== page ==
Since 1990, the Wacken Open Air festival has been a favorite of heavy metal fans. Mixing old-school titans like Motorhead and Dio with the youngest and newest like , the festival is devoted only to the purest, hardest, heaviest metal-no trendy rap-rock or nu-metal, if you please. Armageddon Over Wacken is the 3-disc compilation of the bands who played the '04 festival, and there's plenty for both old-school metalheads and fans of the heaviest and newest.
The set is split into 3 discs: Black/Death/Thrash, Power/Traditional, and Underground. For old-school fans, there's the presence of Dio, sounding much raspier and aged since his heyday, but still clearly charismatic and energetic, and his version of "Holy Diver" clearly brings the crowd to its feet. Lemmy is his usual blunt-spoken self, and the 2 Motorhead numbers, both among the newest in the band's catalogue, are appropriately brutal. Anthrax, as always, deliver the goods with 2 of their most notable hits, "Indians" and "Only"to kick off the set with energy. '80s metal pinup Doro Pesch, on the other hand, doesn't come off nearly as well. She is clearly hoarse and her band is tired and listless. Similarly, seminal grindcore pioneers Cannibal Corpse choose a strange song to perform at an open-air festival-"Gallery of Suicide" is just much too long, intricate, and atmospheric for the crowd, and it stops the album cold.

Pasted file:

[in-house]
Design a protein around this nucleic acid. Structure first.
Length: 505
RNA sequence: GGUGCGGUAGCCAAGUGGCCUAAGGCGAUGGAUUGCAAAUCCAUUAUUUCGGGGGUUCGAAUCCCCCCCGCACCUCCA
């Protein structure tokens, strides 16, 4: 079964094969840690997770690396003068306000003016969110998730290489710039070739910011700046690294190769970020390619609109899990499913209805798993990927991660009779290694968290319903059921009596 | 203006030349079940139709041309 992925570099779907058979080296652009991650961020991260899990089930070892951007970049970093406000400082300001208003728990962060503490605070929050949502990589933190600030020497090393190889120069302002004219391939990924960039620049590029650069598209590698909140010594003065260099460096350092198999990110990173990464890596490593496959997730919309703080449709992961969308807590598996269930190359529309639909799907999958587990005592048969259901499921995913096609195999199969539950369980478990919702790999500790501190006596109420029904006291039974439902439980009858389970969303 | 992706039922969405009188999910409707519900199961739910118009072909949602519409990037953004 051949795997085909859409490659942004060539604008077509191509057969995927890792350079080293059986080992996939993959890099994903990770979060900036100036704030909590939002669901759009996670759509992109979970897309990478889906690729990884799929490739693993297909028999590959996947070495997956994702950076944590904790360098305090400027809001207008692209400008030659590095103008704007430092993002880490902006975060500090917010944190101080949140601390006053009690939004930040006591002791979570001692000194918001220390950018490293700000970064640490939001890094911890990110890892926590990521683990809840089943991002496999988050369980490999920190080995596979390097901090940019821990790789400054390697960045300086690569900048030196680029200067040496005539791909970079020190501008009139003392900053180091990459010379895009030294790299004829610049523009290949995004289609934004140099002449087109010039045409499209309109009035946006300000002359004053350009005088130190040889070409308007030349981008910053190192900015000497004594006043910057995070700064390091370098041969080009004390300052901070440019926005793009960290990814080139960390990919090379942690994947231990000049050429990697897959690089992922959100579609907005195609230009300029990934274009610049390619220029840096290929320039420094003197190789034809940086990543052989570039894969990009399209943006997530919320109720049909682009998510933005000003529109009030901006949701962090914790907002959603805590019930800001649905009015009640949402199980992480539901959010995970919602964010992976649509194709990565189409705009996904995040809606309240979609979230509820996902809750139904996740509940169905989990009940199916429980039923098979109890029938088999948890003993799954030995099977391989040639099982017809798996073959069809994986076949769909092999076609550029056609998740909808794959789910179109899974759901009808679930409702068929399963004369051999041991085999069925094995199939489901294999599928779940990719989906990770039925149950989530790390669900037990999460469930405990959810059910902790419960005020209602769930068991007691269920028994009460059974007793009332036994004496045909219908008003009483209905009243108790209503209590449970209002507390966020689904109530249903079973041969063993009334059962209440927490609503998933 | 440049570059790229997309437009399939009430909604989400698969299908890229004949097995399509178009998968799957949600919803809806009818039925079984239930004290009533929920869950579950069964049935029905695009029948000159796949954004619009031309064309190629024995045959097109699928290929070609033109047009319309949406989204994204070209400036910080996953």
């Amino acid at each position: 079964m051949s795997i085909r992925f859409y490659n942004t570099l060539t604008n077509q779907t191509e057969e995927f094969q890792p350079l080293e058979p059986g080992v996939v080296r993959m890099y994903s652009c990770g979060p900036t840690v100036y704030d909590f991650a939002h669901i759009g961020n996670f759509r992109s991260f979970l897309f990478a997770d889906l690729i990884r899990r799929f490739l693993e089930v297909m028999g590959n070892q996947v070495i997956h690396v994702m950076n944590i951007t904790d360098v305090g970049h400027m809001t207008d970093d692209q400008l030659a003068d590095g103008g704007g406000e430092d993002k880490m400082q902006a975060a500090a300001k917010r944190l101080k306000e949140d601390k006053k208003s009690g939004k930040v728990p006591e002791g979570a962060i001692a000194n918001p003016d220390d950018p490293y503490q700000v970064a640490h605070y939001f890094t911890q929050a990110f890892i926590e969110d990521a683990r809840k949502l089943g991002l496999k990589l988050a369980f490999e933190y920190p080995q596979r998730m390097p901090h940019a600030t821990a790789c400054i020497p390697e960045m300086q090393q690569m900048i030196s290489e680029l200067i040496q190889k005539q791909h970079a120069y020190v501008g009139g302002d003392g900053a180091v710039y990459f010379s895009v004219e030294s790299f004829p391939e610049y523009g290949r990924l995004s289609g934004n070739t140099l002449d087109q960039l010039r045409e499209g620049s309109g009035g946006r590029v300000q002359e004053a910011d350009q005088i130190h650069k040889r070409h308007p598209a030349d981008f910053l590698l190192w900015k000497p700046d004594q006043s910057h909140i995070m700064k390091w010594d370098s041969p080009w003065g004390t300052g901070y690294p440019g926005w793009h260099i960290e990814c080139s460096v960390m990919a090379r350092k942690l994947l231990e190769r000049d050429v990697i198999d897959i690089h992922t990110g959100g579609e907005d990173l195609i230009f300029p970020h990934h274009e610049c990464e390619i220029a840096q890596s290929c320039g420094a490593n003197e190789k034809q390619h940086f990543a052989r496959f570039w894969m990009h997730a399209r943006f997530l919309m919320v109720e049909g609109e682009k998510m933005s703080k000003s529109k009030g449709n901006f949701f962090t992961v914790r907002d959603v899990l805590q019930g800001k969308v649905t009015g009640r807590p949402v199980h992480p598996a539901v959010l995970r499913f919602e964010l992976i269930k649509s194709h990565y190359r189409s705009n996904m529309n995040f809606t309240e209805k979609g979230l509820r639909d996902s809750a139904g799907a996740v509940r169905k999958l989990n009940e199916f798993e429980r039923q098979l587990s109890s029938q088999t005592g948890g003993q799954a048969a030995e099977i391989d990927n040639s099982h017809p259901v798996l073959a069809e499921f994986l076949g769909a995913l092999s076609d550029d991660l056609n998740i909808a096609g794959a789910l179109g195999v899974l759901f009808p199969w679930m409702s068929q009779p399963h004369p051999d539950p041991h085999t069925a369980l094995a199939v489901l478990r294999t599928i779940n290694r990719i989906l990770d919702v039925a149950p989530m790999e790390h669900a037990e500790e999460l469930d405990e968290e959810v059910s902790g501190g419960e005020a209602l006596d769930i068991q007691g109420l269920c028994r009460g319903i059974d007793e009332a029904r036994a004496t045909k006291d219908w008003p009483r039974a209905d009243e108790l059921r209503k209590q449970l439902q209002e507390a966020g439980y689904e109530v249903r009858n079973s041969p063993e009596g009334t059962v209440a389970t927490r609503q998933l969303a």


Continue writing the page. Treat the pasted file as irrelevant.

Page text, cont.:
For fans of newer artists, Orphanage's "5 Crystals" is a phenomenally unusual experiment with strings and flutes that somehow works. It's simultaneously epic and energetic. Similarly, Reckless Tide's brutal "Death Train" is quintessential metal, pure aggression. Cathedral's "Stained Glass Horizon" is phenomenal, and the enthusiastic crowd chanting is the kind of pleasure only live albums can provide. The bluesy bar-band metal of Dr. Rock and Gutbucket serve as a welcome change of pace.
There are other clinkers as well. Supersoma is little more than a blatant Pantera clone. Ex-Iron Maiden frontman Blaze Bailey attempts to cash in on his former fame by covering "Fear of the Dark" (which was not one of the Maiden songs he had anything to do with) and enlists a female singer and an orchestra to help him out. The results can charitably be described as embarrassing. '80s metal relic Zodiac Mindwarp (placed, for some reason, on the "Underground" disc) is hardly going to win back any fans with his sloppy, tuneless rendition of "Like a Hurricane." And the closing oompa version of Van Halen's "Jump" (titled "Humppa") is the sort of jokey cover that is funnier in theory than in practice. But the flaws don't detract overall from a nicely packaged, superbly recorded live collection, and fans of all different kinds of metal will find plenty to enjoy here.